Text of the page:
Even A.J. Ayer’s book, which gives a marvelously clear and of course utterly professional account of some of Russell’s central ideas in philosophy, does not take on the hard task that lies beyond the recognition that Russell made a great contribution to the philosophy of logic: the task, that is to say, of assessing exactly how much difference Russell’s work made to the development of modern work in the foundations of mathematics. Clark does best with Russell’s more popular writings on ethical and social subjects—a department in which Ayer, for his part, mostly contents himself with a brief account of Russell’s not very interesting theoretical opinions in moral philosophy, accompanied by some bleak tutorial comment on them.

What is more unsettling than Clark’s dealings with Russell’s central philosophical work is his uncertainty of taste in assessing Russell’s rhetoric. “A Free Man’s Worship” is described as “a short but profoundly moving cry of defiance against the human predicament, couched in terms of romantic disillusion”; but it is not only a dated but also a hollow piece of oratory, and Clark’s acceptance of it at its face value shows a lack of curiosity. Russell himself was later, in his more Voltair-ean period, to have doubts about its style, but the weakness of its costless heroics against cosmic indifference went deeper and further than he recognized. There is an absurdity in Russell’s resentment at the universe’s failure to live up to man’s expectations, a resentment which seems an extension of his annoyance at mankind’s not living up to him. “I am ashamed to belong to such a species,” he wrote in 1916.

There is a fascinating page in volume two of the Autobiography dealing with that period, where, writing of making love to Connie Malleson during a Zeppelin raid, he describes sentiments about the war which he felt intensely at that moment, sentiments which show up as not totally free either of easy heroics or of contempt for the idiot mob. This love for humanity, coupled with a dismissive hatred of many of its deepest characteristics, is typical of Russell and is obscure enough to blur the picture of his love for a particular person, which he insists on bringing together with those general feelings. Of his relation to Connie Malleson, he said that it was “never trivial and never unworthy to be placed alongside of the great public emotions connected with the War.” But where exactly does that place it?

Often, Russell writes of feelings as though they were unmeasurably overwhelming, and yet as though, in the next minute, he had quite straightforwardly got their measure. This phenomenon, so bewildering in the Autobiography, turns up in several curious passages quoted by Clark. Writing to Ottoline Morrell, Russell speaks of what he called his “first conversion,” in the presence of a woman who Clark has given us reason to believe was Mrs. Whitehead:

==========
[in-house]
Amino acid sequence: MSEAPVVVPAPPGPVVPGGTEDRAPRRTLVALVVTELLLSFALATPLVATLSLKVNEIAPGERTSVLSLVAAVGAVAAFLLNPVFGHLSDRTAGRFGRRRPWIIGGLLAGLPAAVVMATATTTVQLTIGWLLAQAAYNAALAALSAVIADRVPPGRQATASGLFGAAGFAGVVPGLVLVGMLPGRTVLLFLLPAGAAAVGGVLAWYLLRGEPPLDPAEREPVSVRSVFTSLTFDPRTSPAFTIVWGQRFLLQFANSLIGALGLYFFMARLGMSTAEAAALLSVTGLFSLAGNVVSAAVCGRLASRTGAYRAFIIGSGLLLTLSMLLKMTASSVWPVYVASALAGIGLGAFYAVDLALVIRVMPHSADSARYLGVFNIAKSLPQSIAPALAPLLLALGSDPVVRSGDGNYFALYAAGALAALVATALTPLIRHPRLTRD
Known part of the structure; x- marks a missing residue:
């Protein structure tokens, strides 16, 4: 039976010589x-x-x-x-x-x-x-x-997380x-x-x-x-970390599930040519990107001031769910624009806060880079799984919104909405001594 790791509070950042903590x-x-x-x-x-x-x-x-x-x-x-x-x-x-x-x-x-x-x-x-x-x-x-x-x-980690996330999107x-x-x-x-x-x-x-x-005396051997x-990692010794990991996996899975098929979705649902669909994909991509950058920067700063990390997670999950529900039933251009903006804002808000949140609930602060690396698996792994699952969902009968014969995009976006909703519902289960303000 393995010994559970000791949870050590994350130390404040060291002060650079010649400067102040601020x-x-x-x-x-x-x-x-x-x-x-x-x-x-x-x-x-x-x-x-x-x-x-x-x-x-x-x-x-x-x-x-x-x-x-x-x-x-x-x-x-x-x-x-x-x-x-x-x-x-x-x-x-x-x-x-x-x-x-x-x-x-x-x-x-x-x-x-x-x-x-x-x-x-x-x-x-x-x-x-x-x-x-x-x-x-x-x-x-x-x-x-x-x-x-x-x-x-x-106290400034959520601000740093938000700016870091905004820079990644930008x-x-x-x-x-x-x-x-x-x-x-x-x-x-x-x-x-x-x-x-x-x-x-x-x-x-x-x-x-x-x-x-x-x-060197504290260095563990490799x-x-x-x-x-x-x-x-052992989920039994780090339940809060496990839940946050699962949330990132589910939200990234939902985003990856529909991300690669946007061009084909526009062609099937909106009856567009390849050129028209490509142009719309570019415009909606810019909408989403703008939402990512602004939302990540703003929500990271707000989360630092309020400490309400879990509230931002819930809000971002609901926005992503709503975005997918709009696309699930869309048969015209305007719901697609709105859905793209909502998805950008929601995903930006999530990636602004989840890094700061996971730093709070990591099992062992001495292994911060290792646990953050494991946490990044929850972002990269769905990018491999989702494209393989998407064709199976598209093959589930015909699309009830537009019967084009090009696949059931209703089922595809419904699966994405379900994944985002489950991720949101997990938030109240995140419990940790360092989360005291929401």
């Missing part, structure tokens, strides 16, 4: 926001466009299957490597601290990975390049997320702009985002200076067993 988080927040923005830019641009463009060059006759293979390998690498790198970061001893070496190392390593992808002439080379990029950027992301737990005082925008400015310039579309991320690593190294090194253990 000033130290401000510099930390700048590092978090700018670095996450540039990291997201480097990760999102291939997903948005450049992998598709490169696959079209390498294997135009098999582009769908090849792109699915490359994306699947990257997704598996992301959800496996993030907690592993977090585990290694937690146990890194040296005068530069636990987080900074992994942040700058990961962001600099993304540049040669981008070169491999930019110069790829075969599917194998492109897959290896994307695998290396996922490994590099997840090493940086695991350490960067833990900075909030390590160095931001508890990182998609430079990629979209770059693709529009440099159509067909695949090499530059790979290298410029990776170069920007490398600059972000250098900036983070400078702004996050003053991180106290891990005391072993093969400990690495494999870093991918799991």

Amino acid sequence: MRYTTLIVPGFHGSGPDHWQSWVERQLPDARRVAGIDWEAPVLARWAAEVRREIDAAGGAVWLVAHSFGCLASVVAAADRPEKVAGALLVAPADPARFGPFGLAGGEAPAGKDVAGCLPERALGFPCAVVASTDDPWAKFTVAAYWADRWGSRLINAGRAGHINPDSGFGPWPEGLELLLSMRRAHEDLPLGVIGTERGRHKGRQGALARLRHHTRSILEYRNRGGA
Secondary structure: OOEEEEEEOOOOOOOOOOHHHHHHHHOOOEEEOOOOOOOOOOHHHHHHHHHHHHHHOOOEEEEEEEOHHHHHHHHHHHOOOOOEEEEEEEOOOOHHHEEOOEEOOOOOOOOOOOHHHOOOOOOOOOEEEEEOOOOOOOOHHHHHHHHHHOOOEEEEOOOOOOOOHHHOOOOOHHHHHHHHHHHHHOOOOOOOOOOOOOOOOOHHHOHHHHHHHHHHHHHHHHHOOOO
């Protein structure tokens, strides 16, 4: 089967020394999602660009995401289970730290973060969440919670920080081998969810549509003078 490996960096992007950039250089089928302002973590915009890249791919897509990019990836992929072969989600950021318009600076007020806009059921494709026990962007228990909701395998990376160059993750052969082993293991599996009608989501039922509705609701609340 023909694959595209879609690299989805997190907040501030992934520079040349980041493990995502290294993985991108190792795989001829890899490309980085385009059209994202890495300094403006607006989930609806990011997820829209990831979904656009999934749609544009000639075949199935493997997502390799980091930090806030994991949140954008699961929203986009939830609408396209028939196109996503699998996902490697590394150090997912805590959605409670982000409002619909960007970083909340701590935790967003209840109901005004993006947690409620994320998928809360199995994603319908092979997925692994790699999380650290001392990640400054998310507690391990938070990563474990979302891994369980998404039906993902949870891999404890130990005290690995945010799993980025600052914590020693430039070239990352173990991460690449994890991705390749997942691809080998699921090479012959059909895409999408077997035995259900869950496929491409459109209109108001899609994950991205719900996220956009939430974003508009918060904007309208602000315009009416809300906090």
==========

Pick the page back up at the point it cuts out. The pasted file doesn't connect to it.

I came to know suddenly (what it was not intended I should know) that a woman whom I liked greatly had a life of utter loneliness, filled with intense tragedy & pain of which she could never speak. I was not free to tell my sympathy, which was so intense as to change my life. I turned to all the ways there might be of alleviating her trouble without seeming to know it & so I went on in thought to loneliness in general, & how only love bridges the chasm—how force is the evil thing, & strife is the root of all evil & gentleness the only balm. I became infinitely gentle for a time. I turned against the S. African war & imperialism (I was an imperialist till then) & I found that I loved children & they loved me. I resolved to bring some good & some hope into her life. All this happened in about five minutes.

Certainly thoughts relating to each of those things could intensely pass in five minutes. Perhaps one could even end up after five minutes in those states (though the discovery about children seems a bit ambitious). But certainly no grown-up person should write in retrospect as though a five-minute sequence of intense emotion was itself the entire enactment of all those life-transforming changes; any more than one expects him to be able to write, in all solemnity, of a different time:


That was the only time when I completely lost faith in myself & thought of myself as a mere cumberer of the earth. I resolved to commit suicide as soon as I could get rid of certain definite obligation which for the moment made it impossible.

It was not just Russell’s feelings, but the fact that he had feelings, that excited him, and this certainly contributed to the now well-known emergencies of his sexual life. Clark gives some idea of the different significance to Russell of different relationships, though he tends to adopt a rather breezy and knowing tone about some of it, and he leaves us outside the complexities and strangenesses of Russell’s relations to Ottoline Morrell. Some of Russell’s reactions, particularly in self-justification, are certainly surprising—sometimes it is hard to gather even what he thought he was saying. When he had just had a brief affair in America with the unfortunate Helen Dudley (who later followed him at his suggestion to England, but proved boringly unequal to Russell’s feelings about the war), he wrote to Ottoline, with whom he was still intensely involved: